PREMIERE: Sister Helen Shares The Epic “Sense Of Self” From Their Farewell LP

Sister Helen

Goodbyes are a tricky thing when it comes to a body of artistic or narrative works. On one hand, you could be like a TV show that ends a season on a cliffhanger only to be canceled, or more like David Bowie’s graceful and harrowing examination of his own mortality on his Blackstar swan song.

After 15 years, several albums and countless shows played on self-booked tours across the country, Brooklyn-based prog-punks Sister Helen are calling it a day, but not before releasing a self-titled concept LP out January 13th. The band comprised of Nathan J. Campbell (lead vox), Chris Krasnow (guitar/vox), Eva Lawitts (bass/vox) and Clint Mobley (drums) went into the studio knowing that this album would be there last, and it’s that furious final energy that grabs you from the outset and doesn’t let up until the last note.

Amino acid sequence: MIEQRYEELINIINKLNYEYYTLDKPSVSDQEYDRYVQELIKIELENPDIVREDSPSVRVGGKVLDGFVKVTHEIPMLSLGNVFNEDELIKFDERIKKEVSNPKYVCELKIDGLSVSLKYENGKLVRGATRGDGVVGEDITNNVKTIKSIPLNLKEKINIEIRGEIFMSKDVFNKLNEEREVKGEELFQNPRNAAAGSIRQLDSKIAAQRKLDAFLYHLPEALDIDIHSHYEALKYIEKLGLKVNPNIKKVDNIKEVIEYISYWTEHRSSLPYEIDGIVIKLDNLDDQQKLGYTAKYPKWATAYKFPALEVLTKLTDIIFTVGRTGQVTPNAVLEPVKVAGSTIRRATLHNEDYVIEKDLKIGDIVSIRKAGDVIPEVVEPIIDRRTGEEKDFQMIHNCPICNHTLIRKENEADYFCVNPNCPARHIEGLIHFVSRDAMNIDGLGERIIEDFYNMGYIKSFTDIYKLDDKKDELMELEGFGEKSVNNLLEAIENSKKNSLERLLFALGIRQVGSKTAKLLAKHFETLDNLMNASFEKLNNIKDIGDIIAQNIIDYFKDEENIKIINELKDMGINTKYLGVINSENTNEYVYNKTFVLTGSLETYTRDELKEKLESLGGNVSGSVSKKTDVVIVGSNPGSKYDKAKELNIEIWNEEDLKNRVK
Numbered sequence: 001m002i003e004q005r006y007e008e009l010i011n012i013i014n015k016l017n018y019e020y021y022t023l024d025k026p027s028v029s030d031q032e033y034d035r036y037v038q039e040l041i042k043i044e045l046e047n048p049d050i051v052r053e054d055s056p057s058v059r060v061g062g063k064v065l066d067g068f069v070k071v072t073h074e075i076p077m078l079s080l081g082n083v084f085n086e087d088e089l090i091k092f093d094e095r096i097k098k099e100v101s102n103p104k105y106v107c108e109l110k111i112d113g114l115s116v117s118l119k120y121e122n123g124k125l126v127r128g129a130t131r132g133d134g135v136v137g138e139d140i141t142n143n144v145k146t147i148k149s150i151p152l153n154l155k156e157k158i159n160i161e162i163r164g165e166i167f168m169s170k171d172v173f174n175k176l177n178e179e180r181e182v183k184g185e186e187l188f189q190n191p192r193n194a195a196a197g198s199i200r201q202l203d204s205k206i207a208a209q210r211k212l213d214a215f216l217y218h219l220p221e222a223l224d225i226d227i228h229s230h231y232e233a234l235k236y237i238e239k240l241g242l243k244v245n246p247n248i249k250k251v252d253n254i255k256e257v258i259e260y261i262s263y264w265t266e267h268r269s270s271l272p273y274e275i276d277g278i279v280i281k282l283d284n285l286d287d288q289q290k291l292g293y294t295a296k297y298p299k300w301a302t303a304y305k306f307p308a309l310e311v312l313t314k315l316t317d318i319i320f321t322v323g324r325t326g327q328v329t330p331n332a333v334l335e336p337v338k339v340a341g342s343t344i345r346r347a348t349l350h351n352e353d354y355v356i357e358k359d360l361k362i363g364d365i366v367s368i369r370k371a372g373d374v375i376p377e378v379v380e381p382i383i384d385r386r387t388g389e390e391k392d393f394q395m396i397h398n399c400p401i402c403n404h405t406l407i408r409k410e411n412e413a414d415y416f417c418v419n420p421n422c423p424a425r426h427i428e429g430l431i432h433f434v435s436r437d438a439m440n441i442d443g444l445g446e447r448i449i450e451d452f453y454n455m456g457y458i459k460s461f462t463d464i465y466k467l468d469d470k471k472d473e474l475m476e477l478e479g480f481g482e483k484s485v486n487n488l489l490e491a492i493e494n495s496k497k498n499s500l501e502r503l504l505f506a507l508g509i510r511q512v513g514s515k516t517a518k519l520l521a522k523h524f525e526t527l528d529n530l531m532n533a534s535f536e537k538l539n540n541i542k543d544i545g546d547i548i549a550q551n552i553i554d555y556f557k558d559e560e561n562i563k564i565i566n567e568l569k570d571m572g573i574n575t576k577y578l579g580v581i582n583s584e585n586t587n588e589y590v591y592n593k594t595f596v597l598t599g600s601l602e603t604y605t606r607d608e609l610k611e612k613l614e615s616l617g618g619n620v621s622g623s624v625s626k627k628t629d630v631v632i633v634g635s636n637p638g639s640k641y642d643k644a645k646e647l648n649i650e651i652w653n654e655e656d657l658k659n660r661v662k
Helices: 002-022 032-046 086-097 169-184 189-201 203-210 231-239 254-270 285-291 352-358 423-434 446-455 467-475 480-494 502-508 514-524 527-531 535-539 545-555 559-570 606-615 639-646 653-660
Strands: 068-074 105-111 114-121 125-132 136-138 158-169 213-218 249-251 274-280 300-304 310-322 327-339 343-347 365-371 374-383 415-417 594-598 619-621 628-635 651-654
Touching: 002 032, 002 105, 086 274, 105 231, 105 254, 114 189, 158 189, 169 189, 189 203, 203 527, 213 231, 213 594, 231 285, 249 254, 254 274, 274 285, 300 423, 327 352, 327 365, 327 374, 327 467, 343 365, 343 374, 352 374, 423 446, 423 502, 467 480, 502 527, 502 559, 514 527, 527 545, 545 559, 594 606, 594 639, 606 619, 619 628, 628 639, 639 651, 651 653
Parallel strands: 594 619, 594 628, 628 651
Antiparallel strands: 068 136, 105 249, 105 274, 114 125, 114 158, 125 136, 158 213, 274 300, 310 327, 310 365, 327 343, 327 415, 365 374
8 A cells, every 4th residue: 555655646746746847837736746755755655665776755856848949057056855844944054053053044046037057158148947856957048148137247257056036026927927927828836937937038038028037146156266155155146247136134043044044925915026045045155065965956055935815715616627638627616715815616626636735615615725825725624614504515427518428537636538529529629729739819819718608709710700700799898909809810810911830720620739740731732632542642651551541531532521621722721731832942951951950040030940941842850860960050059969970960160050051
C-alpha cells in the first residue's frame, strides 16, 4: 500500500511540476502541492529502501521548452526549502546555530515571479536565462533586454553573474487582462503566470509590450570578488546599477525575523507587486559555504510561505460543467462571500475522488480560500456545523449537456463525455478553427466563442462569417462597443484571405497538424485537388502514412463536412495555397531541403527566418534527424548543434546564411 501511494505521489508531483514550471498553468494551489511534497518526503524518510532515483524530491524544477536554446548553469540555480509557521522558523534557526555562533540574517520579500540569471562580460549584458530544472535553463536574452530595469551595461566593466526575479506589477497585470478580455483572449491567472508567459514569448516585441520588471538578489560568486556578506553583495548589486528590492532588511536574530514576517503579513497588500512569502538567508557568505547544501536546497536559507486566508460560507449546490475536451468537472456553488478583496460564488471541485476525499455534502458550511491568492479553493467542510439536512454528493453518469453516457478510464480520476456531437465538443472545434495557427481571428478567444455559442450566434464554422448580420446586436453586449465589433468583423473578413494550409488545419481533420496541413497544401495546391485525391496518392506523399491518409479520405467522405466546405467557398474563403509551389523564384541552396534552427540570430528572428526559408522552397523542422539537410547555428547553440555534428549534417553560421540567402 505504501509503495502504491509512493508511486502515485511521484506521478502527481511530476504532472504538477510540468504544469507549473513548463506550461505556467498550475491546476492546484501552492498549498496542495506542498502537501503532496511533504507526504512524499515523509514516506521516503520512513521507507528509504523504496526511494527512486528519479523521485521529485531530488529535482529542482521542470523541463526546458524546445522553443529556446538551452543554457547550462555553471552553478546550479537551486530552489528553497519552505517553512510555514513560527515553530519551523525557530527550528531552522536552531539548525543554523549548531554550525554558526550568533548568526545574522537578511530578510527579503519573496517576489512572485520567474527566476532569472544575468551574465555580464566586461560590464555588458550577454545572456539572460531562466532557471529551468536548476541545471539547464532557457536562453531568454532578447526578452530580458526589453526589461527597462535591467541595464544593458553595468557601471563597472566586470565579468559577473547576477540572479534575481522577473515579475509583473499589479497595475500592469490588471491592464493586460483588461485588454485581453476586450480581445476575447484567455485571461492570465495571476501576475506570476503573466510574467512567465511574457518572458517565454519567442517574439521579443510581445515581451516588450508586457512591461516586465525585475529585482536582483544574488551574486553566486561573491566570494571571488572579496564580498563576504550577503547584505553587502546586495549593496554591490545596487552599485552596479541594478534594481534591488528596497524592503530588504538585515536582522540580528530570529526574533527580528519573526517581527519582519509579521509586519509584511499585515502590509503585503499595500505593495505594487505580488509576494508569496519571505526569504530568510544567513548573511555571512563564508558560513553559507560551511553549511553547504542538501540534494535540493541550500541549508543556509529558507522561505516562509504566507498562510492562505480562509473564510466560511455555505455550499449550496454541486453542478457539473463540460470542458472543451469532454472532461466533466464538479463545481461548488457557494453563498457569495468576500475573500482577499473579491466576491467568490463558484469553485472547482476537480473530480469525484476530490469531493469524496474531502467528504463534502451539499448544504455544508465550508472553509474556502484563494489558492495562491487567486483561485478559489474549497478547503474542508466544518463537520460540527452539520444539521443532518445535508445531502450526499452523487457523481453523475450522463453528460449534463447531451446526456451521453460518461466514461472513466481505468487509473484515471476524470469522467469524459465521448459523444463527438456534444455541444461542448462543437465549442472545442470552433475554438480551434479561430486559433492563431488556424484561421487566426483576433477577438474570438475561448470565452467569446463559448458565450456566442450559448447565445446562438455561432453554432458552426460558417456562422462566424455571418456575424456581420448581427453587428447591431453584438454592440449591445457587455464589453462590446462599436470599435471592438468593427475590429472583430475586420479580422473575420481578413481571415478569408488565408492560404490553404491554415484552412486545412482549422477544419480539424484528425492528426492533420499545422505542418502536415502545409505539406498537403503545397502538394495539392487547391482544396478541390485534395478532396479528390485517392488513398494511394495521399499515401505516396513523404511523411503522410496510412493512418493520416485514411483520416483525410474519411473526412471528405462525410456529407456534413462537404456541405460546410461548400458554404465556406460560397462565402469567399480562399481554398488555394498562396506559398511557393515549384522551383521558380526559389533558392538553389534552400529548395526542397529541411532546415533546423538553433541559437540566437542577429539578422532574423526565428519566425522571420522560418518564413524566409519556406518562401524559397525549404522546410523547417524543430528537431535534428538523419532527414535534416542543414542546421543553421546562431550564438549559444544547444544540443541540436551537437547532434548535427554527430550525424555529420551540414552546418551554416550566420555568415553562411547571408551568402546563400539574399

Today, Groundsounds is premiering the towering, epic prog-punk masterpiece “Sense Of Self” which Campbell elaborates on below:

“‘Sense of Self’ is one of the first songs that was written for this album. It’s about someone who cares about another person but is unable to deal with their emotional baggage. The kernel of the song, ‘even in the eye of the storm, I couldn’t hold you in the calm,’ is actually taken from a song by my friend Aya. I see myself trying to hold onto someone in a storm out at sea–a storm that could be trauma, or mental illness, or something external.

It’s sung from a pretty powerless place, a place where you’re afraid of someone because they’re suffering, but the underlying motive the singer has is ‘I want you to be okay.’ That kind of sets out the theme of the whole album.”

Listen to Sister Helen’s “Sense Of Self” and if you’re in NYC, catch their farewell show tonight at Shea Stadium.

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